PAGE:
Present geopolitical entities by level of recognition

Non-UN member states not recognised by any state

Name Status Other claimants Further information References
Somaliland was granted independence by the United Kingdom in 1960 after the decolonisation of British Somaliland and merged with Italian Somaliland a few days later to form the Somali Republic. It declared its independence and withdrew from Somalia in 1991.  Somalia claims Somaliland as part of its sovereign territory. Foreign relations, missions (of, to) [14][15]

Non-UN member states recognised only by non-UN members

Name Status Other claimants Further information References
 Nagorno-Karabakh Republic Nagorno-Karabakh declared its independence in 1992. It is currently recognised by three UN non-members: Abkhazia, South Ossetia and Transnistria.[16]  Azerbaijan claims Nagorno-Karabakh as part of its sovereign territory. Foreign relations, missions (of, to)
Political status
[14][17][18][19][20]
 Pridnestrovian Moldavian Republic The Pridnestrovian Moldavian Republic (also known as Transnistria) declared its independence in 1990. It is currently recognised by three UN non-members: Abkhazia, Nagorno-Karabakh and South Ossetia.[20]  Moldova claims Transnistria as part of its sovereign territory. Foreign relations, missions (of, to)
International recognition, Political status
[14][21]

Non-UN member states recognised by at least one UN member

Name Status Other claimants Further information References
 Republic of Abkhazia Abkhazia declared its independence in 1999.[22] It is currently recognised by 5 UN member states (Russia, Nicaragua, Venezuela, Nauru, and Tuvalu), and three UN non-member states (South Ossetia, Transnistria and the Nagorno-Karabakh Republic).[16][23][24][25][26][27][28][29]  Georgia claims Abkhazia as part of its sovereign territory. Foreign relations, missions (of, to)
International recognition
[30][31][32][33]
 Republic of China The Republic of China (ROC, also known as Taiwan), constitutionally formed in 1912, is recognised as the government of the state of China by . All other UN member states do not officially recognise the ROC as a state; some of them regard its controlled territory as de jure part of the People's Republic of China (PRC) while some others have used careful diplomatic language to avoid taking a position as to whether the territory of the ROC is part of the PRC.[Note 1] Throughout the years, the ROC has adopted differing positions towards simultaneous recognition of the ROC and the PRC by other countries.[35]  People's Republic of China claims to be the successor of the former Republic of China and claims all of the territory under ROC jurisdiction as part of its sovereign territory. Foreign relations, missions (of, to)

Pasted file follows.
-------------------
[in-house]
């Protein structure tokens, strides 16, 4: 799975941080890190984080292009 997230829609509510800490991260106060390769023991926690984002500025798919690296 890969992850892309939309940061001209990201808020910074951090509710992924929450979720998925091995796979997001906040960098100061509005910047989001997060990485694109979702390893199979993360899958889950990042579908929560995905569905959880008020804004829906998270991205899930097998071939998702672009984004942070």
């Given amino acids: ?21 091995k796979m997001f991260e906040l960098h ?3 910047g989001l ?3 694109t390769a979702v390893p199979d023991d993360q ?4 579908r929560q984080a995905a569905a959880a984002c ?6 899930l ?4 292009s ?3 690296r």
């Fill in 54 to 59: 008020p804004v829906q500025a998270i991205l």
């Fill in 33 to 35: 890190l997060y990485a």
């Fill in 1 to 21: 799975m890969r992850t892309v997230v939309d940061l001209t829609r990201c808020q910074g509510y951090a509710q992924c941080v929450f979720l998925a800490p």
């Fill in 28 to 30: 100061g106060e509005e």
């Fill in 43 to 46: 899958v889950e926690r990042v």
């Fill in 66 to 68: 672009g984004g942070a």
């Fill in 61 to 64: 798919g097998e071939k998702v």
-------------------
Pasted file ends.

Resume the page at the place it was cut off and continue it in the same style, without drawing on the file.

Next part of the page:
Political status
[36]
 Republic of Kosovo Kosovo declared its independence in 2008. UN members and the Republic of China (Taiwan). The United Nations, as stipulated in Security Council Resolution 1244, has administered the territory since 1999 through the United Nations Interim Administration Mission in Kosovo, with cooperation from the European Union since 2008. It is a member of the International Monetary Fund and World Bank Group.  Serbia claims Kosovo as part of its sovereign territory. Foreign relations, missions (of, to)
International recognition; Political status
[37][38]
 Turkish Republic of Northern Cyprus Northern Cyprus declared its independence in 1983. It is currently recognised by one UN member, Turkey. The Organisation of Islamic Cooperation and the Economic Cooperation Organization have granted Northern Cyprus observer status under the name "Turkish Cypriot State". United Nations Security Council Resolution 541 defines the declaration of independence of Northern Cyprus as legally invalid.[39]  Cyprus claims Northern Cyprus as part of its sovereign territory. Foreign relations, missions (of, to)
Cyprus dispute
[40]
 State of Palestine The Palestinian Liberation Organization (PLO) declared the State of Palestine in Algiers in 1988. At the time the PLO had no control over any part of the proclaimed territory.[41] It is currently recognised by UN member states,[42] as well as the Sahrawi Arab Democratic Republic.[43] Today the PLO executes certain administrative tasks of self-government in most parts of the territories through the Palestinian National Authority (PNA) established in 1994 according to the Oslo Accords and the Israeli-Palestinian Interim Agreement.[44] Palestine participates in the United Nations as an observer state,[45] and has membership in the Arab League, the Organisation of Islamic Cooperation and UNESCO.[46]  Israel does not recognise the state of Palestine and currently controls the areas claimed by Palestine.[44] All Israeli governments since 1992 have agreed to the creation of a Palestinian state in the West Bank and Gaza Strip with mutually agreed land swaps. Foreign relations, missions (of, to)